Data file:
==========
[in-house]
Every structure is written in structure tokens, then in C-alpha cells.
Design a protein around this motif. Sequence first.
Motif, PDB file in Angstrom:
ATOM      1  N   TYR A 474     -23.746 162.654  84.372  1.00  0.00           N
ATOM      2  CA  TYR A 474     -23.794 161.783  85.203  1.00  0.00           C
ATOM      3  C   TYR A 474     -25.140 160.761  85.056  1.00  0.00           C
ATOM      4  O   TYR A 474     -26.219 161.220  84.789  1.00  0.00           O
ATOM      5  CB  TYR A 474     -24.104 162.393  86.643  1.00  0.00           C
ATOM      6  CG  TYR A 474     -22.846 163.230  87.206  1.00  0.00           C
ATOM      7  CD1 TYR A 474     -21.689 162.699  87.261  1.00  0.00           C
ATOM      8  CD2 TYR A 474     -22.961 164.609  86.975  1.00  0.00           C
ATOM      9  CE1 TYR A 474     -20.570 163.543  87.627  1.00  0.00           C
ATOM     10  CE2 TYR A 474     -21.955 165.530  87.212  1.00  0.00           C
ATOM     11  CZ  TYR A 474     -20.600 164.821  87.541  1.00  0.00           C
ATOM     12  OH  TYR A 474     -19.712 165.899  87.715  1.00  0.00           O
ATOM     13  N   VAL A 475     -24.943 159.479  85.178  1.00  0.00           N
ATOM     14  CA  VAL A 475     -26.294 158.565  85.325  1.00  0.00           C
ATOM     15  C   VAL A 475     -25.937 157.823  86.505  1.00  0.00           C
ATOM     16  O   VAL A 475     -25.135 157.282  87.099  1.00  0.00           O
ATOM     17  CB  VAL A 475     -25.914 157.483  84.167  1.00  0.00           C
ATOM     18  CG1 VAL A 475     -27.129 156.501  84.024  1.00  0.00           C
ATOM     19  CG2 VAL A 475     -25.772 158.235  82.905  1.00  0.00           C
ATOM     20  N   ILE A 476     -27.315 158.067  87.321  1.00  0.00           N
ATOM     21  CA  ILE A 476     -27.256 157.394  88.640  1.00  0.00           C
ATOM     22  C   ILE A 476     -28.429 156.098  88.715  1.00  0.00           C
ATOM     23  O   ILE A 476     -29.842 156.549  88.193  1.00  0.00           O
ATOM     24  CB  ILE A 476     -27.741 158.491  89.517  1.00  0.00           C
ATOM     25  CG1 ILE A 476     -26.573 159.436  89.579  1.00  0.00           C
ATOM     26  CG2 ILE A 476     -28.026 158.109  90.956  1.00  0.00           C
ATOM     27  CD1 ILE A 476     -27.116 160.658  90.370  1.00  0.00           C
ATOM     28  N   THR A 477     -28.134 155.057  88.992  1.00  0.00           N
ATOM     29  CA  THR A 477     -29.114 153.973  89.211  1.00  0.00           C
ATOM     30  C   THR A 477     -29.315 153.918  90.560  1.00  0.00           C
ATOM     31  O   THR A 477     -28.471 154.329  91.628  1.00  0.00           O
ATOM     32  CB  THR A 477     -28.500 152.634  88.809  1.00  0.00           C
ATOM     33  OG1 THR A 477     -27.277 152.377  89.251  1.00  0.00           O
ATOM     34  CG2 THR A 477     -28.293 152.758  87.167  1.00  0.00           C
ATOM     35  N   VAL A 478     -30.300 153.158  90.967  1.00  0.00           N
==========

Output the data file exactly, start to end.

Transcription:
[in-house]
Every structure is written in structure tokens, then in C-alpha cells.
Design a protein around this motif. Sequence first.
Motif, PDB file in Angstrom:
ATOM      1  N   TYR A 474     -23.746 162.654  84.372  1.00  0.00           N
ATOM      2  CA  TYR A 474     -23.794 161.783  85.203  1.00  0.00           C
ATOM      3  C   TYR A 474     -25.140 160.761  85.056  1.00  0.00           C
ATOM      4  O   TYR A 474     -26.219 161.220  84.789  1.00  0.00           O
ATOM      5  CB  TYR A 474     -24.104 162.393  86.643  1.00  0.00           C
ATOM      6  CG  TYR A 474     -22.846 163.230  87.206  1.00  0.00           C
ATOM      7  CD1 TYR A 474     -21.689 162.699  87.261  1.00  0.00           C
ATOM      8  CD2 TYR A 474     -22.961 164.609  86.975  1.00  0.00           C
ATOM      9  CE1 TYR A 474     -20.570 163.543  87.627  1.00  0.00           C
ATOM     10  CE2 TYR A 474     -21.955 165.530  87.212  1.00  0.00           C
ATOM     11  CZ  TYR A 474     -20.600 164.821  87.541  1.00  0.00           C
ATOM     12  OH  TYR A 474     -19.712 165.899  87.715  1.00  0.00           O
ATOM     13  N   VAL A 475     -24.943 159.479  85.178  1.00  0.00           N
ATOM     14  CA  VAL A 475     -26.294 158.565  85.325  1.00  0.00           C
ATOM     15  C   VAL A 475     -25.937 157.823  86.505  1.00  0.00           C
ATOM     16  O   VAL A 475     -25.135 157.282  87.099  1.00  0.00           O
ATOM     17  CB  VAL A 475     -25.914 157.483  84.167  1.00  0.00           C
ATOM     18  CG1 VAL A 475     -27.129 156.501  84.024  1.00  0.00           C
ATOM     19  CG2 VAL A 475     -25.772 158.235  82.905  1.00  0.00           C
ATOM     20  N   ILE A 476     -27.315 158.067  87.321  1.00  0.00           N
ATOM     21  CA  ILE A 476     -27.256 157.394  88.640  1.00  0.00           C
ATOM     22  C   ILE A 476     -28.429 156.098  88.715  1.00  0.00           C
ATOM     23  O   ILE A 476     -29.842 156.549  88.193  1.00  0.00           O
ATOM     24  CB  ILE A 476     -27.741 158.491  89.517  1.00  0.00           C
ATOM     25  CG1 ILE A 476     -26.573 159.436  89.579  1.00  0.00           C
ATOM     26  CG2 ILE A 476     -28.026 158.109  90.956  1.00  0.00           C
ATOM     27  CD1 ILE A 476     -27.116 160.658  90.370  1.00  0.00           C
ATOM     28  N   THR A 477     -28.134 155.057  88.992  1.00  0.00           N
ATOM     29  CA  THR A 477     -29.114 153.973  89.211  1.00  0.00           C
ATOM     30  C   THR A 477     -29.315 153.918  90.560  1.00  0.00           C
ATOM     31  O   THR A 477     -28.471 154.329  91.628  1.00  0.00           O
ATOM     32  CB  THR A 477     -28.500 152.634  88.809  1.00  0.00           C
ATOM     33  OG1 THR A 477     -27.277 152.377  89.251  1.00  0.00           O
ATOM     34  CG2 THR A 477     -28.293 152.758  87.167  1.00  0.00           C
ATOM     35  N   VAL A 478     -30.300 153.158  90.967  1.00  0.00           N